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"Situational Awareness/Hidden Movement" Topic


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508 hits since 28 Sep 2012
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Aldroud28 Sep 2012 8:17 a.m. PST

I've been kicking around different ideas and pondering how to incorporate the mental state of soldiers and leaders engaged in combat.

Basic unit – a squad, led by a squad leader. A squad characteristic is it's troop quality (TQ). TQ ranges from untrained (TQ4), trained (TQ6), veteran (TQ8) and elite (TQ10).

Rather than focus on ranges and such, I assume that most every weapon a squad carries outranges the battle space defined by terrain. What matters more is the awareness a squad leader has about things going on around him. If there's more going on than he can keep track of, he becomes less effective and thus the squad becomes less effective.

I guess the easiest way to describe is by example.

A TQ6 squad is occupying a defensive position in a house astride a road with surrounding houses and hedges etc. Opposite this squad are five enemy squads. The squad leader has 'eyes on' one of them, occupying a house across from them. During the opposing player's turn, each unit declares a movement or firing. The TQ6 squad makes an awareness check (if the player chooses to) to see if the squad can act/react. The check is an opposed die roll between the two players, the TQ6 squad tossing a d6, the opposing player tossing a d4 if within 6 inches, a d6 if within 18 inches, and a d8 if beyond 18 inches.

If the awareness check succeeds, the TQ6 squad can act/react. If it fails, the squad can not. Additionally, the enemy unit can reposition itself up to 6 inches in addition to any other movement it conducted. This represents a unit being 'lost from view'.

The TQ6 squad has a limitation, however. It can only track so many things going on. A TQ4 unit can track 2 enemy units, TQ6 3, etc. Any awareness check beyond the initial allotment gives the player a die shift down (d6 becomes d4, and you know the drill). Once the TQ6 player has attempted awareness checks on 4 units, he can no longer keep track with that unit (3 alloted checks, one at reduced d4, and then nothing left).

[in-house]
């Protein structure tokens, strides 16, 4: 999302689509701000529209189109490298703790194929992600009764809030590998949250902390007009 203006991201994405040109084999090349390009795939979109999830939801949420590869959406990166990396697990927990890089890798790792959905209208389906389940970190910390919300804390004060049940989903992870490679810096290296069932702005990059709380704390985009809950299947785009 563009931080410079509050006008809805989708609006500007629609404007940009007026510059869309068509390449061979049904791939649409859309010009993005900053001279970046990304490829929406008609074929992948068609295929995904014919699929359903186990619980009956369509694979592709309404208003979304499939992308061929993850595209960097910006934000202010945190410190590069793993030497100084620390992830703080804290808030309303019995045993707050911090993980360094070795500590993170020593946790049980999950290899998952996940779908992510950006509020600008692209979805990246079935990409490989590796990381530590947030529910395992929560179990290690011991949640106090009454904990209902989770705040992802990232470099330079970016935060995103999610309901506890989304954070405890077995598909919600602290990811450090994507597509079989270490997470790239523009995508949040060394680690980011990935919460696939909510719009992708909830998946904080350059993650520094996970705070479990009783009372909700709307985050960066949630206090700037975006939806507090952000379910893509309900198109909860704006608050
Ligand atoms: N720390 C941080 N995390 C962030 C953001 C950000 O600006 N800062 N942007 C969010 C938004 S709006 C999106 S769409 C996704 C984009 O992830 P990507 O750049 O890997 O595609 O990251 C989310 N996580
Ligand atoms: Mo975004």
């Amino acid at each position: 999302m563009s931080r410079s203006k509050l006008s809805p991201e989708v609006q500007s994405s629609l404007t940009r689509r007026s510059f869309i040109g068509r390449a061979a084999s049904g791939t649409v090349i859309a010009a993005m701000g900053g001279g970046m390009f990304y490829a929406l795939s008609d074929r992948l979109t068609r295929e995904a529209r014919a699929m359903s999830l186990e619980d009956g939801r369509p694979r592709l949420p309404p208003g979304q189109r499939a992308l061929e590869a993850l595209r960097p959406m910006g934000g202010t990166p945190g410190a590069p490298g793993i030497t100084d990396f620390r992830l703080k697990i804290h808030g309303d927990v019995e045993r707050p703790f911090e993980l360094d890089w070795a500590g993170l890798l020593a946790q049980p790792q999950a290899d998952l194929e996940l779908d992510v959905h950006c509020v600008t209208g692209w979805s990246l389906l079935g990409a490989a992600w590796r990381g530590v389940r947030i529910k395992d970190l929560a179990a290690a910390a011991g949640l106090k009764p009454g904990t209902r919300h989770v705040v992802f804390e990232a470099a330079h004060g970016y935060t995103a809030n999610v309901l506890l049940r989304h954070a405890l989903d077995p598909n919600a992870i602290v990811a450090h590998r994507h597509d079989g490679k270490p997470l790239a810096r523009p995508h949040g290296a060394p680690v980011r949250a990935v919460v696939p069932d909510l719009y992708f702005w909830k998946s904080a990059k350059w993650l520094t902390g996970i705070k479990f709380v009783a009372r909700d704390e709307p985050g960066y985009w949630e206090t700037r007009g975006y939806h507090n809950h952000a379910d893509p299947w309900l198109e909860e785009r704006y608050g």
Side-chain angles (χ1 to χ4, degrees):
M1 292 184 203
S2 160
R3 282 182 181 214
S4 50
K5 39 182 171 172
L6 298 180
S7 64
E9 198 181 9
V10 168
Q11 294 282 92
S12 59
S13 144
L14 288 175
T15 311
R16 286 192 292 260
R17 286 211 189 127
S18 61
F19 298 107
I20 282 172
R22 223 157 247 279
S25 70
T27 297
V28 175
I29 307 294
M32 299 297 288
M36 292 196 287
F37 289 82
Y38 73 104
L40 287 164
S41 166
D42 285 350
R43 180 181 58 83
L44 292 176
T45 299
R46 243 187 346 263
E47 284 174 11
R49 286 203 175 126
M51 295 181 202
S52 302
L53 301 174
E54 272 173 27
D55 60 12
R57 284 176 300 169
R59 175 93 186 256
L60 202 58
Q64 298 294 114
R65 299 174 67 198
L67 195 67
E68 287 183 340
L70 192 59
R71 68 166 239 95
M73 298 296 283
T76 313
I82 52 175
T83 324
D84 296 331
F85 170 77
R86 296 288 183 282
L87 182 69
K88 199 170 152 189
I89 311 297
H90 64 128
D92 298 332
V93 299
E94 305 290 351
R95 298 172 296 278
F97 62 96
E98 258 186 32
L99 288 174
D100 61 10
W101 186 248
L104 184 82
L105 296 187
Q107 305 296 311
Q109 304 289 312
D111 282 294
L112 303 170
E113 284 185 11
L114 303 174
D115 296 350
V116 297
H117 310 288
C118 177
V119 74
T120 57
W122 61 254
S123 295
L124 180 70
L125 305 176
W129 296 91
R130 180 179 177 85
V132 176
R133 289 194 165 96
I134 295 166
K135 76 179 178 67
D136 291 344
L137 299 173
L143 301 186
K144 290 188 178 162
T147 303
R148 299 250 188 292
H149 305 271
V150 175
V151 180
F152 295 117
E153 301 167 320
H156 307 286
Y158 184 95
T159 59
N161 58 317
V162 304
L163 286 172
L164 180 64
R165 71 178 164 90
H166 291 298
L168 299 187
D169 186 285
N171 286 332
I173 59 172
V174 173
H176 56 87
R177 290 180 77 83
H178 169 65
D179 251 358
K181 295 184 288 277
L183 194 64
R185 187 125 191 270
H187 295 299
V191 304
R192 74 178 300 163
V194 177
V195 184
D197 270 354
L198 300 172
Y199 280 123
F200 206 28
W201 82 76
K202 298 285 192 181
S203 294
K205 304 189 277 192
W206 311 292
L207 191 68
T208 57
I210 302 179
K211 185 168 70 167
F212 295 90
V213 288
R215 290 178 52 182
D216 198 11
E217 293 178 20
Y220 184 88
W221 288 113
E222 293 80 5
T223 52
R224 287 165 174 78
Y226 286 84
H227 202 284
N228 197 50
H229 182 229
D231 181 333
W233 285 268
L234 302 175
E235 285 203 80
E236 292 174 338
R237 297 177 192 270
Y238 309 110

It doesn't matter if the TQ6 player succeeds on each awareness check, just that it was attempted. Any unit the TQ6 squad chooses not to attempt gains the free 6 inch reposition as well.

Any unit that FIRES at the TQ6 squad, however, is automatically in the squad's awareness.

Rambling I know, but does this get the idea across?

Personal logo Rrobbyrobot Supporting Member of TMP28 Sep 2012 11:10 a.m. PST

While I have no real problem with your concept overall. Tagging it all on the Squad Leader has it's problems. Other members of a Squad often have input. "Hey Sarge, look over there." But that's more about your explanation than the idea itself.
I leave doutful situations up to a percentage die roll. But I have no formal rules as to how to arrive at the number to be rolled. When, or if I ever have an opponent again I'll probably need to fix that. I should anyways.
It's not a bad idea. I just had to fuss.

HistoryPhD28 Sep 2012 2:13 p.m. PST

In combat, it's likely that not all members of the squad will have the same training level. Previous casualties are replaced with guys that are generally "newbies"

basileus66 Supporting Member of TMP28 Sep 2012 10:42 p.m. PST